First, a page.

MINNEAPOLIS (WCCO) -- Sitting in a New York jail cell, disgraced singer R. Kelly learned he now faces sex crime charges here in Minnesota. The alleged crimes are said to have happened in July of 2001, when the victim was 17.
Kelly faces two charges of prostitution involving a minor.
At the City Center 18 years ago, Kelly hosted an autograph session before his upcoming concert. Investigators say the victim waited in line for his signature-- a meeting that prosecutors say would lead to a paid sexual encounter.
Already facing a multitude of sex crime charges from Illinois to New York, the three-time Grammy winner can add two more-- at the hands of Hennepin County Attorney Mike Freeman.
"Minnesota victims deserve their day in court and that's one of the reasons we're here," Freeman said.
While on tour in 2001, court documents say Kelly held an autograph session at the city center in Minneapolis where he would meet a 17-year-old fan. But instead of just his signature, he gave the girl his phone number. She called and was directed to a downtown Minneapolis hotel where Kelly was staying, then she was ushered up to his room.
"After some discussion, she was offered $200 to take her clothes off and to dance before him," Freeman said. "She accepted $200. He got naked and they proceeded to dance."
Court documents say Kelly then gave the 17-year-old VIP seating at his concert at the Orpheum. It wasn't until January of this year that the victim contacted a tip line in Chicago to share her story-- one that eventually was investigated by Minneapolis police.
Civil rights lawyer Gloria Allred represents the now-adult woman and emphasized that her client is not and was not a prostitute.
"Anyone who is underage who has been the victim of sexual abuse by Mr. Kelly is exactly that-- a victim," Allred said.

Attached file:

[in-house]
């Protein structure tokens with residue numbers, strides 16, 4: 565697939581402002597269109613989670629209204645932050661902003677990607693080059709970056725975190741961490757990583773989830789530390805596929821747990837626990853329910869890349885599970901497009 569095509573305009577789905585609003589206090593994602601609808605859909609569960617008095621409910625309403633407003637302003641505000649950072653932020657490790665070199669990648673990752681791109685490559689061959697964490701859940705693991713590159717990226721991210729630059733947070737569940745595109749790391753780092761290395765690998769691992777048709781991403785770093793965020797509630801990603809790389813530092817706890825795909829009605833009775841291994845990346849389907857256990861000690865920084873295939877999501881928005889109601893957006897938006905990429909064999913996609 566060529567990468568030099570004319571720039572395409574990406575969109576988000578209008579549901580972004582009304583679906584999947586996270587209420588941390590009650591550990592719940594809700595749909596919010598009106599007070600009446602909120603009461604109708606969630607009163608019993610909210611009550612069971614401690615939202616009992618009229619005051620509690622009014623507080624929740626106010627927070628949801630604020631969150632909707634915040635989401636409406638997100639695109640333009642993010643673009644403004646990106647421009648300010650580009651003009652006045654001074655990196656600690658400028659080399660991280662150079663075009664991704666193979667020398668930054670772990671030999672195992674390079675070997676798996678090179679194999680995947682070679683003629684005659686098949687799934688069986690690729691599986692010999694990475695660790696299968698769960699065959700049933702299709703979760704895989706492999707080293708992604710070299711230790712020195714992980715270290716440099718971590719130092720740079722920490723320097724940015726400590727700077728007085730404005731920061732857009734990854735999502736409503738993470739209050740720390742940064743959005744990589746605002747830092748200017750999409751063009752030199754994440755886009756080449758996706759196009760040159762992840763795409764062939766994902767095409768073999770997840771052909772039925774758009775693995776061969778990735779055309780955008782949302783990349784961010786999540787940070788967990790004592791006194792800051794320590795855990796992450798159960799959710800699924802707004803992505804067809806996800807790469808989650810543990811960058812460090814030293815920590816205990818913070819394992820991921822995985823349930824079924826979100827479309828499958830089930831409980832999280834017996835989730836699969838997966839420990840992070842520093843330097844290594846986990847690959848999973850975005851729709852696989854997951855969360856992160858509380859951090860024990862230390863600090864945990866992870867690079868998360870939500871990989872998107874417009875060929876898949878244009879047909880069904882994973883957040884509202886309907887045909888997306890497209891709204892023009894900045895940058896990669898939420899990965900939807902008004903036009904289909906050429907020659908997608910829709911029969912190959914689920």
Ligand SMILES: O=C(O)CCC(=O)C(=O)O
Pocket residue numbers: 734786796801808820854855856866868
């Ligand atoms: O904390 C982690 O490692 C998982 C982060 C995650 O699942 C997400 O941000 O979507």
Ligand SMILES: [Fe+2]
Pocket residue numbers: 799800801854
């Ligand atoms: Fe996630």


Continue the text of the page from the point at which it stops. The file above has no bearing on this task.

After the charges were announced, Kelly's attorney Steve Greenberg tweeted: "Give me a break. This is beyond absurd."
He then spoke with WCCO over the phone, saying, "I don't think that there's any chance that you're ever going to see R. Kelly face these charges. Like I said, I think it's just a publicity play by a prosecutor."
"Assuming that the encounter occurred at all-- which I think suspicious and I'd be skeptical in any event-- it doesn't say he ever knew that this girl was 17," Greenberg continued. "They had no sex. It doesn't say that he ever paid her for sex which is the essence of a prostitution charge, or that he told her she had to engage in any kind of sexual activity. The whole thing is just some prosecutor who wants to get his face on TV."
Greenberg said, to his knowledge, Kelly is unaware of the new charges. He said Kelly does not have phone privileges at the New York jail and will return to Chicago in the coming days where Greenberg will inform Kelly of the charges.
Freeman was asked about the statute of limitations in this case. He said because Kelly left the state after the encounter in 2001, the toll doesn't begin until he returns to Minnesota for a full three years. They do not believe in the 18 years since the incident that Kelly has visited the state for a total of three years.
"It's a policy reason, because someone fled. They committed a crime and they fled so they wouldn't get caught for committing a crime. There's no crime here, there's not flight, so again, (Freeman is) perverting the intent of the statute of limitations. He's perverting the intent to the exception. He really just ought to be ashamed of himself," Greenberg said.
WCCO asked Greenberg how he will proceed given the other charges Kelly faces.
"I don't think that there's any chance that you're ever going see R. Kelly face these charges. Like I said, I think it's just a publicity play by a prosecutor. No one's going to ever try this case. First of all, after we beat the cases in Illinois and New York, if he still wants to take us on then, then so be it. But he's not going to win that case."
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